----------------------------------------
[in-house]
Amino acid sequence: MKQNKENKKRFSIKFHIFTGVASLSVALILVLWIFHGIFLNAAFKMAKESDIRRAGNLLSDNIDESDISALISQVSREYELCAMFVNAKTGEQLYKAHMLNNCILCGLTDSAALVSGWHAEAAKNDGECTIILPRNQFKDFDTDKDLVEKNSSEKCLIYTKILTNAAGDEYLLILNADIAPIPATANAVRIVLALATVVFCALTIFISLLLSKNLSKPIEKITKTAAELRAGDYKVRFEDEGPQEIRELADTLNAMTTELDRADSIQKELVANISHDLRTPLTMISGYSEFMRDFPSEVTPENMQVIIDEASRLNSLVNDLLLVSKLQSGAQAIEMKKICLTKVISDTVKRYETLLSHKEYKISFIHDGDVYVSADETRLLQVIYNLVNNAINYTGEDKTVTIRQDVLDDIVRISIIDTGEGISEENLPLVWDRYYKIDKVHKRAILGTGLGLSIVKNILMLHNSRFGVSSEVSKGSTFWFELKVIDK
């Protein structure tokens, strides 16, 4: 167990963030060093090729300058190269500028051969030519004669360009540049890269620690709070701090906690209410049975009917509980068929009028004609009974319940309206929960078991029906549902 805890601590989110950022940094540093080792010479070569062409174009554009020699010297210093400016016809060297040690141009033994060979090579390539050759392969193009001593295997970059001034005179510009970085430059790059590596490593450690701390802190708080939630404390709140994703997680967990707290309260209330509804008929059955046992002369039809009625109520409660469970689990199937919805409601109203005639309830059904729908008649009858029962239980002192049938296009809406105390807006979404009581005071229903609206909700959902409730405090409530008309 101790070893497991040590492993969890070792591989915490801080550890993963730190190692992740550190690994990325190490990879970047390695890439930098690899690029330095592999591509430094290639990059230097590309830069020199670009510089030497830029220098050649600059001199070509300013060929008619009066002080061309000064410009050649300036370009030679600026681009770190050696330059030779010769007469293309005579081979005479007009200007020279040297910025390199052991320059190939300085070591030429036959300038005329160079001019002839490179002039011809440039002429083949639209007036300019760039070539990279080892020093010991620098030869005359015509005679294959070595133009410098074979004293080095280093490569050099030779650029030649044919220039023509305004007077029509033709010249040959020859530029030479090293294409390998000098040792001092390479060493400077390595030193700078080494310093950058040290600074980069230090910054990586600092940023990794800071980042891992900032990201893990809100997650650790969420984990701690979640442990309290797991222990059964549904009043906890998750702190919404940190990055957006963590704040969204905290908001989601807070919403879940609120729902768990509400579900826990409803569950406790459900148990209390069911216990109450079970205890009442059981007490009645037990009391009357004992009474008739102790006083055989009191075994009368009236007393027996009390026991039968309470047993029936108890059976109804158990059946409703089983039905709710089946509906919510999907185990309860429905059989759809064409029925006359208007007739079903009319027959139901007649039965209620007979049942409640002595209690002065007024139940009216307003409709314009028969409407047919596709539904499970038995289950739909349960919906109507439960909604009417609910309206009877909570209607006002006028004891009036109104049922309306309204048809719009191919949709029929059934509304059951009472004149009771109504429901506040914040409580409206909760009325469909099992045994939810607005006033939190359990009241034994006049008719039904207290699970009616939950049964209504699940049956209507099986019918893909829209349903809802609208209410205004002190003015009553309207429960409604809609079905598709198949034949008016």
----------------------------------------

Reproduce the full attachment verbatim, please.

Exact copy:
[in-house]
Amino acid sequence: MKQNKENKKRFSIKFHIFTGVASLSVALILVLWIFHGIFLNAAFKMAKESDIRRAGNLLSDNIDESDISALISQVSREYELCAMFVNAKTGEQLYKAHMLNNCILCGLTDSAALVSGWHAEAAKNDGECTIILPRNQFKDFDTDKDLVEKNSSEKCLIYTKILTNAAGDEYLLILNADIAPIPATANAVRIVLALATVVFCALTIFISLLLSKNLSKPIEKITKTAAELRAGDYKVRFEDEGPQEIRELADTLNAMTTELDRADSIQKELVANISHDLRTPLTMISGYSEFMRDFPSEVTPENMQVIIDEASRLNSLVNDLLLVSKLQSGAQAIEMKKICLTKVISDTVKRYETLLSHKEYKISFIHDGDVYVSADETRLLQVIYNLVNNAINYTGEDKTVTIRQDVLDDIVRISIIDTGEGISEENLPLVWDRYYKIDKVHKRAILGTGLGLSIVKNILMLHNSRFGVSSEVSKGSTFWFELKVIDK
């Protein structure tokens, strides 16, 4: 167990963030060093090729300058190269500028051969030519004669360009540049890269620690709070701090906690209410049975009917509980068929009028004609009974319940309206929960078991029906549902 805890601590989110950022940094540093080792010479070569062409174009554009020699010297210093400016016809060297040690141009033994060979090579390539050759392969193009001593295997970059001034005179510009970085430059790059590596490593450690701390802190708080939630404390709140994703997680967990707290309260209330509804008929059955046992002369039809009625109520409660469970689990199937919805409601109203005639309830059904729908008649009858029962239980002192049938296009809406105390807006979404009581005071229903609206909700959902409730405090409530008309 101790070893497991040590492993969890070792591989915490801080550890993963730190190692992740550190690994990325190490990879970047390695890439930098690899690029330095592999591509430094290639990059230097590309830069020199670009510089030497830029220098050649600059001199070509300013060929008619009066002080061309000064410009050649300036370009030679600026681009770190050696330059030779010769007469293309005579081979005479007009200007020279040297910025390199052991320059190939300085070591030429036959300038005329160079001019002839490179002039011809440039002429083949639209007036300019760039070539990279080892020093010991620098030869005359015509005679294959070595133009410098074979004293080095280093490569050099030779650029030649044919220039023509305004007077029509033709010249040959020859530029030479090293294409390998000098040792001092390479060493400077390595030193700078080494310093950058040290600074980069230090910054990586600092940023990794800071980042891992900032990201893990809100997650650790969420984990701690979640442990309290797991222990059964549904009043906890998750702190919404940190990055957006963590704040969204905290908001989601807070919403879940609120729902768990509400579900826990409803569950406790459900148990209390069911216990109450079970205890009442059981007490009645037990009391009357004992009474008739102790006083055989009191075994009368009236007393027996009390026991039968309470047993029936108890059976109804158990059946409703089983039905709710089946509906919510999907185990309860429905059989759809064409029925006359208007007739079903009319027959139901007649039965209620007979049942409640002595209690002065007024139940009216307003409709314009028969409407047919596709539904499970038995289950739909349960919906109507439960909604009417609910309206009877909570209607006002006028004891009036109104049922309306309204048809719009191919949709029929059934509304059951009472004149009771109504429901506040914040409580409206909760009325469909099992045994939810607005006033939190359990009241034994006049008719039904207290699970009616939950049964209504699940049956209507099986019918893909829209349903809802609208209410205004002190003015009553309207429960409604809609079905598709198949034949008016």